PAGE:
We presented the new Game of the Economy of the Commons, a card game that allows to understand, in a playful way, the dynamics of this economy which puts the focus on the “sharing” instead of in the transaction and profit-making. The goal of the game is for all resources to be sustainable, so no player can win on its own. And explained the new methodology and toolkit for “trying on the commons dress” to see if the “Commons” dress fits your project. When prototyping a project, individuals play the role of at least three different personas, which can respond to the different role in the governance of the project, or the different stakeholders,and the group collectively defines which will be its role in each pillar.
Many other colleagues had developed playful games and toolkits:
- We talked with Stacco Troncoso and other attendees about the CommonsPoly, a hacked version and critique of the game Monopoly, where the goals are to first re-municipalise private goods and then turn them into Commons.
- Supermarkt Berlin, an informal collective hub to share knowledge and support platform coops, are looking at organising a #platformcoop case clinic event for those who are currently building a (platform) coop.
- We played with Everyday Participation a toolkit for the co-operative movement, created by The New Citizenship Project, which gave place to the debate about what comes first, governance or communication when it comes to membership engagement.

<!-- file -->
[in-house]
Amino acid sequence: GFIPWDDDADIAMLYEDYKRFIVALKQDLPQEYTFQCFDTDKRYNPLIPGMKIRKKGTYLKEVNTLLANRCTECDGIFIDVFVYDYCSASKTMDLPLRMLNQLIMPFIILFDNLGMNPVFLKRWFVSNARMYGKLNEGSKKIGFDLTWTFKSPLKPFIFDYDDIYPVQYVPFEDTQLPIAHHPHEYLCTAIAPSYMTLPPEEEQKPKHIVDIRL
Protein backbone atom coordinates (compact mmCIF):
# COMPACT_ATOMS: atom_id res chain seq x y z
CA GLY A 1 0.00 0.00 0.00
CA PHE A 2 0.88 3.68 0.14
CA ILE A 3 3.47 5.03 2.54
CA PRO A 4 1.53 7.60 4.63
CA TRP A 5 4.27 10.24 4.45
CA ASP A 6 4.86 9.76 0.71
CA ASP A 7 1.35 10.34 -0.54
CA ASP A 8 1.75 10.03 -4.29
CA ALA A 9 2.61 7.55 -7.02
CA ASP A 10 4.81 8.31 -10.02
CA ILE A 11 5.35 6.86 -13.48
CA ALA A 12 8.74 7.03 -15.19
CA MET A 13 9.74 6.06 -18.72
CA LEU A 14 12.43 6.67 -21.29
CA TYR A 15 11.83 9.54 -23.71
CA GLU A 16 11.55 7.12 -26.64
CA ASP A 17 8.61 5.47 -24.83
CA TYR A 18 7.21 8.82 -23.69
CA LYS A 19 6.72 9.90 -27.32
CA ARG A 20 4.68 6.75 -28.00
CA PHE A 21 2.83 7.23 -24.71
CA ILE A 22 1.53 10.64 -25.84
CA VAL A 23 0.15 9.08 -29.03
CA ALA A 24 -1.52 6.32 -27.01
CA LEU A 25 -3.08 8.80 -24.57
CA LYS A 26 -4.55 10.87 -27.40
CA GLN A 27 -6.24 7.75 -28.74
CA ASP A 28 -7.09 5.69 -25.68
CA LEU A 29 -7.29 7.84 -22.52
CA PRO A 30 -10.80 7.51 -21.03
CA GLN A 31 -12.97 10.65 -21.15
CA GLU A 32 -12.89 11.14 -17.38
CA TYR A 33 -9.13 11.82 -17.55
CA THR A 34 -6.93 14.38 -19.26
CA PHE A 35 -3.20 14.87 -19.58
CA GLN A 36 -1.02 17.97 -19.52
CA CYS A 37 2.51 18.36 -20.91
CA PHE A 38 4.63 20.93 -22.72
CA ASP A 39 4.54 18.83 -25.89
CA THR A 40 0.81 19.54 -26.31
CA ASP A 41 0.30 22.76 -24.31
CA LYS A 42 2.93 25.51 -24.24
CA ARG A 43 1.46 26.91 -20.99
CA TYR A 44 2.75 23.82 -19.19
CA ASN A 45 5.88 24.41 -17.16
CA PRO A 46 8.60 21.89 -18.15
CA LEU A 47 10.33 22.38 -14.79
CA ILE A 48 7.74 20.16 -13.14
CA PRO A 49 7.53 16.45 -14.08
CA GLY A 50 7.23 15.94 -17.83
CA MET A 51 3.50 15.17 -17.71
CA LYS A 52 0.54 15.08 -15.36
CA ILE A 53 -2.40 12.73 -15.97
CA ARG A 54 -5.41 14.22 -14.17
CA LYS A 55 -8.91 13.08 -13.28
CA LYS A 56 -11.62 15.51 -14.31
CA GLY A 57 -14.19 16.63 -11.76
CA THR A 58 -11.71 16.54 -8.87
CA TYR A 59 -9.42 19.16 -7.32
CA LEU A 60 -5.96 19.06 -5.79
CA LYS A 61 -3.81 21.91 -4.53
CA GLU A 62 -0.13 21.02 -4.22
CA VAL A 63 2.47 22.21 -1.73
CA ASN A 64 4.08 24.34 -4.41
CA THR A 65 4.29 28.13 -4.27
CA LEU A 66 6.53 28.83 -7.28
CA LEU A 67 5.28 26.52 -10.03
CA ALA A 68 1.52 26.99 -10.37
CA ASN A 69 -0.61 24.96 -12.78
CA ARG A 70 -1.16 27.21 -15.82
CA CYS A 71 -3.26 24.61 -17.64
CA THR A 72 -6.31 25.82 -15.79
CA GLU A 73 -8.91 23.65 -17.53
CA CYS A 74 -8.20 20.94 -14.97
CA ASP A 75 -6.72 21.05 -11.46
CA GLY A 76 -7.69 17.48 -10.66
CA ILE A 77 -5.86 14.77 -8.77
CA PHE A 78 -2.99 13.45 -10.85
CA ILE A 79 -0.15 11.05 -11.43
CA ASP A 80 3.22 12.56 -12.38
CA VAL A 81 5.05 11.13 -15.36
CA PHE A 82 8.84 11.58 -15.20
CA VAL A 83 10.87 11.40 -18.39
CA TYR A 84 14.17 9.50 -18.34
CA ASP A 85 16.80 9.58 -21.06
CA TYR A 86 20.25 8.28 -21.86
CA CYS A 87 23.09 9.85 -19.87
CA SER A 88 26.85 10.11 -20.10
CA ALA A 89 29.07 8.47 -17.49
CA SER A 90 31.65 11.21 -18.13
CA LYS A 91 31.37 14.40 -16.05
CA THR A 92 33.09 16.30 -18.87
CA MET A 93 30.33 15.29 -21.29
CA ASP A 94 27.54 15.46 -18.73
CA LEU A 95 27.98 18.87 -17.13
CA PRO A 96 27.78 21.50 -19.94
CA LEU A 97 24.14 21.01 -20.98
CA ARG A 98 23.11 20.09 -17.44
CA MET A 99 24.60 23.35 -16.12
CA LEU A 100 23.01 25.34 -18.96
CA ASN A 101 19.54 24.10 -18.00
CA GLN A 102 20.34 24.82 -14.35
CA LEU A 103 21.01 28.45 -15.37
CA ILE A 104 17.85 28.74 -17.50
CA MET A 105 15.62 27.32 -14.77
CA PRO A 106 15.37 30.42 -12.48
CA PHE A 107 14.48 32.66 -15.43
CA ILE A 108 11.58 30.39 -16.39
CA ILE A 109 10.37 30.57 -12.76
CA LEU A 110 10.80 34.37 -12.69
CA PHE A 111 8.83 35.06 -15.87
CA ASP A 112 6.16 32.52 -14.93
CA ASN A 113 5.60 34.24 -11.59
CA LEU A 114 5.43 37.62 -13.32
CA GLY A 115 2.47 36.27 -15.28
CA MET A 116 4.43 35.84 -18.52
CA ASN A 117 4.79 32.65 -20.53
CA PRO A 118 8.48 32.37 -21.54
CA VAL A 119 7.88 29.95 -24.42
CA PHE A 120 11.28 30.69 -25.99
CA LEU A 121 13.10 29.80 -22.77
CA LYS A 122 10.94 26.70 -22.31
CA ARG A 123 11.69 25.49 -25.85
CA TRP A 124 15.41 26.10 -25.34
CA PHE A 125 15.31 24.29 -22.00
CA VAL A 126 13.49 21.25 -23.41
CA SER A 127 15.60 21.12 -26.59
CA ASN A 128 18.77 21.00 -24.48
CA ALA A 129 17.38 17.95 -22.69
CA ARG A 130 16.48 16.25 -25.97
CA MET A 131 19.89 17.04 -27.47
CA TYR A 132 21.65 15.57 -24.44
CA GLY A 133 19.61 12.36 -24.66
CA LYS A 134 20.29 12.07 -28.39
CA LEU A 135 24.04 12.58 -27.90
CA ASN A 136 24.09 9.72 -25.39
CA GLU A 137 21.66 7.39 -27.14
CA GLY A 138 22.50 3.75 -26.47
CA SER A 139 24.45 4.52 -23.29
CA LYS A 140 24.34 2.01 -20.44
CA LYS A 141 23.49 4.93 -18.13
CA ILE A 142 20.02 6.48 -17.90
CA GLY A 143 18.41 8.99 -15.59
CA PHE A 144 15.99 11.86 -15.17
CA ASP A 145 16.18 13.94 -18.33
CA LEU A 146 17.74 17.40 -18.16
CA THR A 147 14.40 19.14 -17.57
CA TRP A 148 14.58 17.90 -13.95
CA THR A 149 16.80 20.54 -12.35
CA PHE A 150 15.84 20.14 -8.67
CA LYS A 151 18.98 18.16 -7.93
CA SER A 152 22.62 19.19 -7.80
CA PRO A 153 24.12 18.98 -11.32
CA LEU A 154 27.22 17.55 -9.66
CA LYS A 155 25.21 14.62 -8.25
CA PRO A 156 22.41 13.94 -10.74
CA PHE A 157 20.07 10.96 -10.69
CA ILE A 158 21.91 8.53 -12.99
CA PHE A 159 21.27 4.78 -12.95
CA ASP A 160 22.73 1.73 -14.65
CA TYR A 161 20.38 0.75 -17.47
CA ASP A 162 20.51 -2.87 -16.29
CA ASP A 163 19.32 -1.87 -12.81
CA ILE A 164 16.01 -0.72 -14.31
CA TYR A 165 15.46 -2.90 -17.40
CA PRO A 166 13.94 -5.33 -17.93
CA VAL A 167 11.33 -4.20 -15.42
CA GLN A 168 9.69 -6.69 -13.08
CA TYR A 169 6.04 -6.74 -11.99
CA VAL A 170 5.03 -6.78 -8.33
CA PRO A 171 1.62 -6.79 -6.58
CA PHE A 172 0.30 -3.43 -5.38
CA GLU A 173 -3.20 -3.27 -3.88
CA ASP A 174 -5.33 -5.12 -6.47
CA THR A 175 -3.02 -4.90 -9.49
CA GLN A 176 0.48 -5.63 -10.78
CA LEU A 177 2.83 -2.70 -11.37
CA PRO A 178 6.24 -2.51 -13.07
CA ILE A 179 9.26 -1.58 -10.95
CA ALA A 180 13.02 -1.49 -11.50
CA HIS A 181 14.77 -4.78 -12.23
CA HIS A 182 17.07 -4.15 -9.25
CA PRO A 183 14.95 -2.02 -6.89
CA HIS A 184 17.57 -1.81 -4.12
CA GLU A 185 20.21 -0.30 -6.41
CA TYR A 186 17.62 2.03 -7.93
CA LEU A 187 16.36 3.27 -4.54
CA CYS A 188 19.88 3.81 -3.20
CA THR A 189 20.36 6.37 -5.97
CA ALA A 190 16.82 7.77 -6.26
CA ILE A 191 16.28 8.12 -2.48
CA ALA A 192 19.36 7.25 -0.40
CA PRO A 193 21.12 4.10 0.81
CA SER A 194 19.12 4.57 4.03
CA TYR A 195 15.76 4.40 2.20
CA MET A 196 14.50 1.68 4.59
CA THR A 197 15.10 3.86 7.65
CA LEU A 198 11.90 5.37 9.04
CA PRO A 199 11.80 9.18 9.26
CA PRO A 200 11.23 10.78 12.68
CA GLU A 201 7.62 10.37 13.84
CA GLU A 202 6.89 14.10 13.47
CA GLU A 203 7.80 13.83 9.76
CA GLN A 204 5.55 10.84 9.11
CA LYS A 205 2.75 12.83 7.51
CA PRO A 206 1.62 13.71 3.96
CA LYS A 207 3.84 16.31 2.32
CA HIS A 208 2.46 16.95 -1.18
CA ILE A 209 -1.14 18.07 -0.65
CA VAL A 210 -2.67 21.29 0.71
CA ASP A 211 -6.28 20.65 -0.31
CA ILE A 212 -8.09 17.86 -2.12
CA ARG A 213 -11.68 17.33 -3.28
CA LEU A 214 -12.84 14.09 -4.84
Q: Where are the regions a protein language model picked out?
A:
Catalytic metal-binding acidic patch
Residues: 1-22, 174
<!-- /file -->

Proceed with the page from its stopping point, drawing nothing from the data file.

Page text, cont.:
- And we learned about decentralised organisation, decision making methodologies and tools at The Hum workshop, with Rich and Natie, you can find slides and documentation and new sets of tools, and some not so new but great to use, like the Practical guidance for humming teams from TheHum.org.
The Mapping Project
We have developed and are using Teixidora.net a digital platform for collaborative live-writing in community events and a mapping tool. It connects distributed knowledge generated by communities of practice, basically by collectively identifying organizations, projects and subjects and taking notes, in chronological order or in a structured way and semantically. It helps produce collective narratives, follow what happens and weave relationships by sharing knowledge. It’s based on several applications and devices, which it appropriates and combines:
- Semantic MediaWiki (an extension of the popular open-source MediaWiki application developed by Wikipedia Foundation),
- Etherpad (a web-based collaborative real-time editor)
- Bots to automatically upload events to the agenda and information from the pads to the wiki
- Microblogging platforms, Quitter and Twitter.
At the session and workshop on mapping the cooperative and solidarity economy, ontologies, multilingual, and interoperable maps were discussed. It seems that the session had high expectations to build a comprehensive directory, an index, a map, or to agree the format of a schema to enable us to map out all the organisations and networks within the collaborative / cooperative / solidarity / progressive economy. Participants highlighted existing initiatives with similar purpose, here is a short article by Coop News, mentioning some of these initiatives:
- Means4End project, which aims to build a map of platform co-operatives in Europe.
- Digital Life Collective member-owned and run, which researches, develops, funds and supports Tech We Trust: technologies that prioritise autonomy, privacy and dignity.
- The Solidarity Economy Association, which is looking to map solidarity economy initiatives and projects.